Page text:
changed, and the necessity for free speech was laid upon him, he ceased to disguise his real feelings and became even too out-spoken, the tendency strengthening year by year, and doing much to diminish his popularity, though his qualities were too sterling to allow any lessening of real honor and respect. But he was still the courtier, and untitled as he was, prestige enough came with him to make his marriage to "a gentlewoman whose Extract and Estate were Considerable," a very easy matter, and though we know her only as Dorothy Dudley, no record of her maiden name having been preserved, the love borne her by both husband and daughter is sufficient evidence of her character and influence.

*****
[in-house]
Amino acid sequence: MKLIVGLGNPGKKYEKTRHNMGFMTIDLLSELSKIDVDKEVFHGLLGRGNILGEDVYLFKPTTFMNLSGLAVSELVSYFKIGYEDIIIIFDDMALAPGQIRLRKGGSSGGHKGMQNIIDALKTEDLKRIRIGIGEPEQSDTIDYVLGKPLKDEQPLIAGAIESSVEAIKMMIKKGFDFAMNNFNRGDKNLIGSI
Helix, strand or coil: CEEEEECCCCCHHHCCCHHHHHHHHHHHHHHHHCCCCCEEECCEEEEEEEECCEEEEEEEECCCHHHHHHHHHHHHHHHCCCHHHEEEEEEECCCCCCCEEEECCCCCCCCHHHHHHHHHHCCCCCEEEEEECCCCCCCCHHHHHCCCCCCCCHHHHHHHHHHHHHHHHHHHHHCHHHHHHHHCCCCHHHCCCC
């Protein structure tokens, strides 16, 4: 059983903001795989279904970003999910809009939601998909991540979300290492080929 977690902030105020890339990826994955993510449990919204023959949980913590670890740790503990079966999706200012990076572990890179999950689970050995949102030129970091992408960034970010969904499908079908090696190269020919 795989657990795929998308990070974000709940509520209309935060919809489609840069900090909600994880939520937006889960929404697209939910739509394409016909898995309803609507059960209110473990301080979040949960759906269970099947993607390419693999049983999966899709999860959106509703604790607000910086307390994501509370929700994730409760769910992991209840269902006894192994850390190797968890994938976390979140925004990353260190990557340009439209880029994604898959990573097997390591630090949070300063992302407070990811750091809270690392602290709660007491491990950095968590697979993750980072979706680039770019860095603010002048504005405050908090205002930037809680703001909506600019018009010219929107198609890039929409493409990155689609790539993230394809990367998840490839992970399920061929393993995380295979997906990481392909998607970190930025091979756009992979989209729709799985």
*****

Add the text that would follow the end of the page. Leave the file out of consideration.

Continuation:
Puritanism was not yet an established fact, but the seed had been sown which later became a tree so mighty that thousands gathered under its shadow. The reign of Elizabeth had brought not only power but peace to England, and national unity had no further peril of existence to dread. With peace, trade established itself on sure foundations and increased with every year. Wealth flowed into the country and the great merchants of London whose growth amazed and troubled the royal Council, founded hospitals, "brought the New River from its springs at Chadwell and Amwell to supply the city with pure water," and in many ways gave of their increase for the benefit of all who found it less easy to earn. The smaller land-owners came into a social power never owned before, and "boasted as long a rent-roll and wielded as great an influence as many of the older nobles. . . . In wealth as in political consequence the merchants and country gentlemen who formed the